“Roads are a challenge with the changing climate and we need to change the way we do business. Over the next few years, it will improve.”
“With an aging population, increasing health care costs and an inactive population, the City of Kawartha Lakes needs to invest in environments that make being physically active the easy choice, while at the same time reducing the environmental footprint. CKL needs to adopt a longer-term vision for how our community is designed and the policies that direct new development.” (City of Kawartha Lakes Integrated Community Sustainability Plan Final Report, April 2014)
The Sustainability Plan was an inspirational document. It saw promoting and enabling active transportation — walking and cycling — as critically important, and called for a decreasing of our dependence on cars.
The preamble to the Active Communities section ends with a vision of transformation: “Connecting communities through safe routes for walking and cycling to school, work and key community amenities . . . can become the way of life in CKL.”
But the Sustainability Plan was meant to be more than inspirational. It included a commitment to “move these words into action.” Around Active Transportation there were sets of actions laid out around four goals, each action given a priority and a timeline.
Communities across the municipality will begin to see makeovers taking place for 17 business and property owners who were successful applicants in the first round of the Million Dollar Makeover funding program. In total, almost $400,000 of the nearly $1,100,000 has been allocated for 2019.
The Molleson family’s future is looking brighter after being selected to own one of two Habitat for Humanity homes being built in Bobcaygeon this spring. Bobcaygeon’s Buffy Molleson and her son and daughter, Ashton (9) and Ocean (8), are Habitat for Humanity’s newest future-homeowners.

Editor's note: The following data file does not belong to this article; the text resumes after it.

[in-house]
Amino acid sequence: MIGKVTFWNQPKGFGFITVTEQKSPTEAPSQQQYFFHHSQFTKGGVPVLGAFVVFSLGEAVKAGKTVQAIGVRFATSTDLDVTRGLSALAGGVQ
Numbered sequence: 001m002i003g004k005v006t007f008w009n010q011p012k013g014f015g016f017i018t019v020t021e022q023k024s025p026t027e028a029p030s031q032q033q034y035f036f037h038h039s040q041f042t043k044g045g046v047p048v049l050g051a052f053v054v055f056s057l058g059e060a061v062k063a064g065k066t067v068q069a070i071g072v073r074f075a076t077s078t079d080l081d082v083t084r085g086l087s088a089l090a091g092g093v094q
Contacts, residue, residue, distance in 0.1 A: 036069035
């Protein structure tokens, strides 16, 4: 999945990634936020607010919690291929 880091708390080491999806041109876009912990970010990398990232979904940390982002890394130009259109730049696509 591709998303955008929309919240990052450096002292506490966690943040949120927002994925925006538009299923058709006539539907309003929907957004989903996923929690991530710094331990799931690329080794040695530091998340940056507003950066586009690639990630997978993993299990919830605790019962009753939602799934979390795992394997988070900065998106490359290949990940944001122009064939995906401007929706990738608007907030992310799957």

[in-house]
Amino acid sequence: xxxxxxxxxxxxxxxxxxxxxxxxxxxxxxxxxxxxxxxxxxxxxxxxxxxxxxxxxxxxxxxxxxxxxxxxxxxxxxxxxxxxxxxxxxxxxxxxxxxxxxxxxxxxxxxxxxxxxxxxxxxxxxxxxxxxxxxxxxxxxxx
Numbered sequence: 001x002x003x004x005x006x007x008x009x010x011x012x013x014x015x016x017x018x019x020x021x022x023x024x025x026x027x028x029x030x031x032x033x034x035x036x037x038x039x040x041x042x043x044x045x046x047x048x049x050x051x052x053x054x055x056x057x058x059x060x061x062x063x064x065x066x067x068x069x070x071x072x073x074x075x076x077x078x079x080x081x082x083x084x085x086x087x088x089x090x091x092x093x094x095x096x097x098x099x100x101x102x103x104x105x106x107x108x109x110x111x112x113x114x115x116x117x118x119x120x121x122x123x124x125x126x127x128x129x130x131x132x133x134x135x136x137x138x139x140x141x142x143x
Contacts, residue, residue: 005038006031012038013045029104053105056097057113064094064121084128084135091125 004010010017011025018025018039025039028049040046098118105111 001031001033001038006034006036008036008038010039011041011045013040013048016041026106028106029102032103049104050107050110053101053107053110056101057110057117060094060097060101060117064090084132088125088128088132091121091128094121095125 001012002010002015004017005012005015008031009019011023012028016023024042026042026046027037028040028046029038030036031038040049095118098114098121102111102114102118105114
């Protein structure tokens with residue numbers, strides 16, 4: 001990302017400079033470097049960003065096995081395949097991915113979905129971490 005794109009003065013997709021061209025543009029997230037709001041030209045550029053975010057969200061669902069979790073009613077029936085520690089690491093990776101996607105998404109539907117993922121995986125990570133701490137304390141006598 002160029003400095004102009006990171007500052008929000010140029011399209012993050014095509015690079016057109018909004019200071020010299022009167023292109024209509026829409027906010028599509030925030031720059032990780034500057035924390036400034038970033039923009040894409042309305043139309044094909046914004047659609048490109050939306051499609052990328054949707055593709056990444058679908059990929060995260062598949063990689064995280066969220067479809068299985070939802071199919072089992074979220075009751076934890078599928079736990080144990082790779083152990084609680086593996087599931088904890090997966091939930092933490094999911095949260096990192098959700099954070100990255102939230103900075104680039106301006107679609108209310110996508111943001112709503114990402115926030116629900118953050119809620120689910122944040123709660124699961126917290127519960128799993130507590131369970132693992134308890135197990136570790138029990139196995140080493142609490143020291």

To Buffy, it means a way to overcome a previously insurmountable obstacle, and a way to provide a stable home for her children. “I have always wanted to own my own home, I just never had what was needed to get a mortgage,” says Buffy. “I am overwhelmed with appreciation and I am deeply grateful for this chance to better the lives of myself and my children.”
The municipality is undertaking a downtown parking strategy to examine the current and future parking requirements in the downtown areas of Lindsay, Fenelon Falls and Bobcaygeon. As outlined in the Kawartha Lakes Transportation Master Plan, this study will develop solutions to optimize parking in the defined areas.
In the last several years, demand for downtown parking has increased dramatically. In downtown Lindsay, the average rate of use for parking during peak weekday business hours has increased from 61 per cent in 2014 to 81 per cent in 2018. Bobcaygeon and Fenelon Falls have also seen increased pressure on parking resources, especially during the busy summer season.
CEO and General Manager of Kawartha Dairy, Brian Kerr, says rumours that one of this area’s most iconic brands is set to go national is premature.
“We have growth plans, but not a national expansion in the near term.”
Instead, says Kerr, there is “lots of room to grow right here in Ontario.”
A source told The Lindsay Advocate that a national expansion was in the cards this fall, but Kerr shot down this rumour.